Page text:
World Wildlife Fund: Bridging the worlds of faith and conservation https://www.worldwildlife.org/videos/bridging-the-worlds-of-faith-and-conservation

James River Association: Conservation organization for our James River, which has adrainage area that covers one-fourth of Virginia. They focus on local activities that reduce pollution reaching the river, foster individual and corporate responsibly and restore desirable aquatic populations. https://jrava.org/ 

Specific things you can dohttps://jrava.org/what-you-can-do/ 

Chesapeake Bay Foundation: Celebrating 50 years of working throughout Virginia, Maryland and Pennsylvania to restore and protect the world’s most productive estuary…ourChesapeake Bay. Lots of local conservation activities for individuals, families and groups, organized by their Richmond-based Virginia office.   http://www.cbf.org/issues/ 

Virginia Natural Area Preserves (VA Dept. Of Conservation & Recreation)  Get outdoors and visit the most unique habitats and animal/plant communities in the Commonwealth. http://www.dcr.virginia.gov/natural-heritage/document/napbook4web.pdf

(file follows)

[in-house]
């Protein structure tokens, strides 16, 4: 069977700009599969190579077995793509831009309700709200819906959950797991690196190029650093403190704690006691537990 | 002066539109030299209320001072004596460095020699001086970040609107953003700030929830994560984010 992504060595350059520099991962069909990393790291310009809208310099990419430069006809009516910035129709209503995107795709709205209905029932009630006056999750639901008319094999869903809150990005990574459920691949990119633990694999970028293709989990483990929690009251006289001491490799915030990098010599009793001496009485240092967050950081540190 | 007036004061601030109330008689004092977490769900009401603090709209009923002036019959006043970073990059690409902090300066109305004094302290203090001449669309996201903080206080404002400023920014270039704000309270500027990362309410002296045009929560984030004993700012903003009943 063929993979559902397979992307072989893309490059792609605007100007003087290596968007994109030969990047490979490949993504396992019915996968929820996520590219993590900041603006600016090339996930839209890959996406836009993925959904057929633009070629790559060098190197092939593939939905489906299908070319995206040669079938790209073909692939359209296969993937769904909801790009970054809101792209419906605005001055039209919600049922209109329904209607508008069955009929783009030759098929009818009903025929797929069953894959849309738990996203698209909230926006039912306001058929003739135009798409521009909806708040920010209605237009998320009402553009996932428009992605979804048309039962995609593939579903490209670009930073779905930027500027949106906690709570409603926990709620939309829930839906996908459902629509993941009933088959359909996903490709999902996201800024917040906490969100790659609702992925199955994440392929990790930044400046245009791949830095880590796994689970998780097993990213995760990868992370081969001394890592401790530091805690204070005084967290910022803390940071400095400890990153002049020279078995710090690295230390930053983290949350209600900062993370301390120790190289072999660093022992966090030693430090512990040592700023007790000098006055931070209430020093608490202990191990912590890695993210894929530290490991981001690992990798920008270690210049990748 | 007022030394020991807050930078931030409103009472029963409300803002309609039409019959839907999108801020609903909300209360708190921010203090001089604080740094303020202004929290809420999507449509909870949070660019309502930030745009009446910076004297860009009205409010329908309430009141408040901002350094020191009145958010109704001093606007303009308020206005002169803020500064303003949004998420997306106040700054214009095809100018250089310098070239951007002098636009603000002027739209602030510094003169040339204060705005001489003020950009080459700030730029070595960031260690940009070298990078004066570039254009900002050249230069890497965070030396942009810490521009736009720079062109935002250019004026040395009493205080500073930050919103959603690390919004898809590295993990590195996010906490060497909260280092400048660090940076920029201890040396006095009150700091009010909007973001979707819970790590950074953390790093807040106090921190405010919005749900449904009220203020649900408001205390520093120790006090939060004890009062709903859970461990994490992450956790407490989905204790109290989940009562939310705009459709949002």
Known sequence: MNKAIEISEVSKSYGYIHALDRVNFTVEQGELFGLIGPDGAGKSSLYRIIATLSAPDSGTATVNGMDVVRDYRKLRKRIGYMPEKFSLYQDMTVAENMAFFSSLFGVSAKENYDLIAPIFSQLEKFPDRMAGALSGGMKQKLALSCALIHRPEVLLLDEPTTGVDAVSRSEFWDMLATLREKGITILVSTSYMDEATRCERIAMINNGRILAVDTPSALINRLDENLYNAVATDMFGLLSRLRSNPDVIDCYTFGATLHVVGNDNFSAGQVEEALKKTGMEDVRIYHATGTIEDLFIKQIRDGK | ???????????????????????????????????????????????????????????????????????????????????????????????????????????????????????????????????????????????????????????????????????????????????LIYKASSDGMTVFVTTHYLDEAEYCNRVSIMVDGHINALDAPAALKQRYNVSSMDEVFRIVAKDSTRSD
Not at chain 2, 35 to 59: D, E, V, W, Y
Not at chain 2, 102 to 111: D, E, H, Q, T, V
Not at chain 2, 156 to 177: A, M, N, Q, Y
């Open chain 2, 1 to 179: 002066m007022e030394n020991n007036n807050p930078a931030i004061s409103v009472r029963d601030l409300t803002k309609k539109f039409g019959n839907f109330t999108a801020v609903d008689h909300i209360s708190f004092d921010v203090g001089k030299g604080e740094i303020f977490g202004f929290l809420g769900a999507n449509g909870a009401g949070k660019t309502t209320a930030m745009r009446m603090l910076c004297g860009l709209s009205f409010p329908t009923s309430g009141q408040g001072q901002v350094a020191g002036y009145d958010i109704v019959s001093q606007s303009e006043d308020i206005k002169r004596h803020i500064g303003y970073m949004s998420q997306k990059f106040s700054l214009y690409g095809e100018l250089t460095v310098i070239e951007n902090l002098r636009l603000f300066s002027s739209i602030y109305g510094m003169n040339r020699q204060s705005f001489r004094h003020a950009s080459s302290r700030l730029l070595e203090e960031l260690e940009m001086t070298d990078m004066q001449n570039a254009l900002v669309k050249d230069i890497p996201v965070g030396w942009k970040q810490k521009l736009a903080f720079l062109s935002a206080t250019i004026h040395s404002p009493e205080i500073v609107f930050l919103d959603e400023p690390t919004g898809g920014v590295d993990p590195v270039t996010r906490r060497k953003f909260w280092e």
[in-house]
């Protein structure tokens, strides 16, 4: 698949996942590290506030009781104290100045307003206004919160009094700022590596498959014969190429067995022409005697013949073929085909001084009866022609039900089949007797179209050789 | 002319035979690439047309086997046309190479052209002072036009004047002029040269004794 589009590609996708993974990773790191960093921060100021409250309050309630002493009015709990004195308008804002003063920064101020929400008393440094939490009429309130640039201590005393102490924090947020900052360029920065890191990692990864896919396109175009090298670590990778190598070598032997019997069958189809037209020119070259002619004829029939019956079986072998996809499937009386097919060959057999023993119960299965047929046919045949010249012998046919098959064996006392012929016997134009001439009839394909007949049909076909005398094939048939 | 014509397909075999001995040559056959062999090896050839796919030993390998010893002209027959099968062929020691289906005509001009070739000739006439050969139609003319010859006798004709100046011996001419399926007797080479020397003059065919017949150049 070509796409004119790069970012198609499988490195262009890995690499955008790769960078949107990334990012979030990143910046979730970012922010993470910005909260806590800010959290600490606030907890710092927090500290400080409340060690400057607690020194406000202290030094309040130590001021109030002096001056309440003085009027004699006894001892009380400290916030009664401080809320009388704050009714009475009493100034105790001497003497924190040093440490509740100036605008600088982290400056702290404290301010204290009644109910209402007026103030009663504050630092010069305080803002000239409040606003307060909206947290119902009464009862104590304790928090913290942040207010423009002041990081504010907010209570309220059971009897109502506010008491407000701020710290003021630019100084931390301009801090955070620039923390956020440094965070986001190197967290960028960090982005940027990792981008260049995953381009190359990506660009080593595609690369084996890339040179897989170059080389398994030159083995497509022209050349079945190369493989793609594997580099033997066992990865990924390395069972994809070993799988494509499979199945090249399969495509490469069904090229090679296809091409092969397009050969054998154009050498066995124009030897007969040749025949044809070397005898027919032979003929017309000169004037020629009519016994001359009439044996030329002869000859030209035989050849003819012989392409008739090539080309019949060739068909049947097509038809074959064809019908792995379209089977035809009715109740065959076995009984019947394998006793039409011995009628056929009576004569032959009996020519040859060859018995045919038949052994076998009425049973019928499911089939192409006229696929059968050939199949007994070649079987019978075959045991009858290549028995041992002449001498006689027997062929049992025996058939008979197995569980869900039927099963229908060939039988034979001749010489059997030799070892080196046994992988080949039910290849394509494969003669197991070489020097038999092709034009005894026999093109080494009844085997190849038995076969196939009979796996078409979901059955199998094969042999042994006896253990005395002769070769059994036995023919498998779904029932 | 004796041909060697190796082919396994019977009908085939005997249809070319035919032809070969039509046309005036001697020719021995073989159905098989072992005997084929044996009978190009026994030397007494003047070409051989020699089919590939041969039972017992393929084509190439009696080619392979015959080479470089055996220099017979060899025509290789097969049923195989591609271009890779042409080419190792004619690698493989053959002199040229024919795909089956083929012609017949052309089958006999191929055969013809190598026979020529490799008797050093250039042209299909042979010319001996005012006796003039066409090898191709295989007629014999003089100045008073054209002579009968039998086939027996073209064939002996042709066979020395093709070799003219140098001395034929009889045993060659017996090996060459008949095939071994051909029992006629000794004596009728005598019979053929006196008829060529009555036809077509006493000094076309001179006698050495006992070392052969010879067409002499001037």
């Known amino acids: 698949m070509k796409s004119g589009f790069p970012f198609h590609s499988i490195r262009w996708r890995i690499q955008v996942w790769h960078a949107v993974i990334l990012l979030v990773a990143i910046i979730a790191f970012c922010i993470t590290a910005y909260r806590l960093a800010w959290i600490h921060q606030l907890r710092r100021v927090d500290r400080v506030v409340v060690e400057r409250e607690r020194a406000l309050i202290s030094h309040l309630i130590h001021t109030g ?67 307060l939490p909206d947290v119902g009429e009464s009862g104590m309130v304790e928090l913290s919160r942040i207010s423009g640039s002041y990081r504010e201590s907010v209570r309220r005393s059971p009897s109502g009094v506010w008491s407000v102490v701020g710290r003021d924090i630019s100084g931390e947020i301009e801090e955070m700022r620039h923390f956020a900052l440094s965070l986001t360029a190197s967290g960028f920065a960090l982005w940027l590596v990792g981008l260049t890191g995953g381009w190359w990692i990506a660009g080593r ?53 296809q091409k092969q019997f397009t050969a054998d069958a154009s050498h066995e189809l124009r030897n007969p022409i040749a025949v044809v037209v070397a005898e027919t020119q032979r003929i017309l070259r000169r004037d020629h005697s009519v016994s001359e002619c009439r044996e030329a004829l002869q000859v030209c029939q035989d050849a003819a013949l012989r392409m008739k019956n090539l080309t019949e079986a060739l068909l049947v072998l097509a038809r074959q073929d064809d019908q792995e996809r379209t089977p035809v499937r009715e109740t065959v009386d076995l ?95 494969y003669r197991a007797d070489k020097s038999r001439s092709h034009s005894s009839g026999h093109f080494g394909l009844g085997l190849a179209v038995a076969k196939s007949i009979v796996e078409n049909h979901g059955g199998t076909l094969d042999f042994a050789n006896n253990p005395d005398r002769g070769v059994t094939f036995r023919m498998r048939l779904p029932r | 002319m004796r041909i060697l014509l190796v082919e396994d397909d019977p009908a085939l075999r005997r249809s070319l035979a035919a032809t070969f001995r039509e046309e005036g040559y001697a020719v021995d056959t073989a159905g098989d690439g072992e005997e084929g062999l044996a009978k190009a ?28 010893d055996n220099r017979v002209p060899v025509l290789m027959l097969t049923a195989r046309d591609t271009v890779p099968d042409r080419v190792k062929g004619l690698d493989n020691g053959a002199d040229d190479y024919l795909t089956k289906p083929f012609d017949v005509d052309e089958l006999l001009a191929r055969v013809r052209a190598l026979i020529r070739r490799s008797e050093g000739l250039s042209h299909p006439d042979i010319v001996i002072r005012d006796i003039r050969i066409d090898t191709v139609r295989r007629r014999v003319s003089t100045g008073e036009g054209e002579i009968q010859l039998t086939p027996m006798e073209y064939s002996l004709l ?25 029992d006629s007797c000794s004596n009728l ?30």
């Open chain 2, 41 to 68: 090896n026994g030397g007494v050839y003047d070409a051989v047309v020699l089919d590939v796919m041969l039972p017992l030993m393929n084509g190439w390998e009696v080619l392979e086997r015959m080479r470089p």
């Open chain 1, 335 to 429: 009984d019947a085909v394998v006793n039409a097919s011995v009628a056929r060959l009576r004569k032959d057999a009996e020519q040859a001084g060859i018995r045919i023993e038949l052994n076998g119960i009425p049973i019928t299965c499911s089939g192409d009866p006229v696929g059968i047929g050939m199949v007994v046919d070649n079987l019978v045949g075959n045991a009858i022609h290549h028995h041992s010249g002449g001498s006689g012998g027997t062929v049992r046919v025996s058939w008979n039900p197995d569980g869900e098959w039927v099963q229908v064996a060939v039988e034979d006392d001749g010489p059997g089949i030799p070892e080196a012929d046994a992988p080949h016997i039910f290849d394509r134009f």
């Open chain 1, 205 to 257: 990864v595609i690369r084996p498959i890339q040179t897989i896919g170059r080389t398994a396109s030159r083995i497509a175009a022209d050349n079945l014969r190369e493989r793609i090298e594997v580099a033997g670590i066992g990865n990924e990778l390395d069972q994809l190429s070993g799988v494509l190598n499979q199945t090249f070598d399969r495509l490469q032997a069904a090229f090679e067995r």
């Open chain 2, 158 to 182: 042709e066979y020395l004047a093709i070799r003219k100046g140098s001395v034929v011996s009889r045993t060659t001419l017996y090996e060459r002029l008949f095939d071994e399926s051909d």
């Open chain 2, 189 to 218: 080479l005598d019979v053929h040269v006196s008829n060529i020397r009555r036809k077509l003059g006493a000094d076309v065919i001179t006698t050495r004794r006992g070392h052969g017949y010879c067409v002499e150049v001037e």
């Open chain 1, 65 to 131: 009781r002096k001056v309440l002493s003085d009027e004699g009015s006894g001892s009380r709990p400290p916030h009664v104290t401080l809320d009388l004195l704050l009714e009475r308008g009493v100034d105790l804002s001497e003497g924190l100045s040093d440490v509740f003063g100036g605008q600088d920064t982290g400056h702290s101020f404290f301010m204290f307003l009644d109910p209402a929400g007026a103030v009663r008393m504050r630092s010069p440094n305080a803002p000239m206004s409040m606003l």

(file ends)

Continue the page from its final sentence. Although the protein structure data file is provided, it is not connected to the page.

Virginia Vegetable Planting Guide and Recommended Planting Dates (by VA Cooperative Extension)  A great guide for those wanting to plant a garden and get things in the ground at the right time; Spring and Fall https://pubs.ext.vt.edu/content/dam/pubs_ext_vt_edu/426/426-331/426-331_pdf.pdf 

Va Department of Conservation and Recreation:
http://www.plantmoreplants.com/document/yardcare2.pdf

EPA Sustainable Marketplace: Greener Products and Services (lots of information on this website) https://www.epa.gov/greenerproducts 

Hiking Upwards: Great hike planning site with trail specific details and printable topo maps. Get out there and enjoy creation firsthand! http://www.hikingupward.com/ 

*Thanks so much to Jack, Nathan, Matt, and David for some of these resources.
**This isn't even the tip of the iceberg and is missing a lot of key areas in regards to Creation Care. (Treatment of animals, etc.)